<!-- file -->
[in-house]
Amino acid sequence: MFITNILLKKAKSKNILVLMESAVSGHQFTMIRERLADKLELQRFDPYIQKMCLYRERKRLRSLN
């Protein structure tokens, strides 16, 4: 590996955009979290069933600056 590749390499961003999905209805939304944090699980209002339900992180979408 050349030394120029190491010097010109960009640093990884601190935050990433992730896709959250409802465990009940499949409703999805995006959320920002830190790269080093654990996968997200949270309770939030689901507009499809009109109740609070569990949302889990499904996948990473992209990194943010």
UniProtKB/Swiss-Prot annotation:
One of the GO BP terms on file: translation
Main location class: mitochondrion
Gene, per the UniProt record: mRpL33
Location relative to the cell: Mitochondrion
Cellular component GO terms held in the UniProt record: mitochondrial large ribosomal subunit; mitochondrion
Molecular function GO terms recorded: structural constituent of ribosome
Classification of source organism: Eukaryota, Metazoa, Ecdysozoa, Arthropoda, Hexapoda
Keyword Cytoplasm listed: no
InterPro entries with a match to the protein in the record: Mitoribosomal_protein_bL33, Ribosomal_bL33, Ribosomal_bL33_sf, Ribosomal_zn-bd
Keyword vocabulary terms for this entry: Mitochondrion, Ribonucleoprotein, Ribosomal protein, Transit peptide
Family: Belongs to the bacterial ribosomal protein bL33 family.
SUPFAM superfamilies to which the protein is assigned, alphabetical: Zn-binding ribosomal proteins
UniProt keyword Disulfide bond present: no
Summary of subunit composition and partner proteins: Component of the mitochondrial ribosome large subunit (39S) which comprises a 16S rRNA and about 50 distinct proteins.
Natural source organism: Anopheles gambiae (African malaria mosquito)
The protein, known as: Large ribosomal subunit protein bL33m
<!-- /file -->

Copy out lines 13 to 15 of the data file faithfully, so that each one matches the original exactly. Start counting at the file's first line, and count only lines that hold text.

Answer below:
InterPro entries with a match to the protein in the record: Mitoribosomal_protein_bL33, Ribosomal_bL33, Ribosomal_bL33_sf, Ribosomal_zn-bd
Keyword vocabulary terms for this entry: Mitochondrion, Ribonucleoprotein, Ribosomal protein, Transit peptide
Family: Belongs to the bacterial ribosomal protein bL33 family.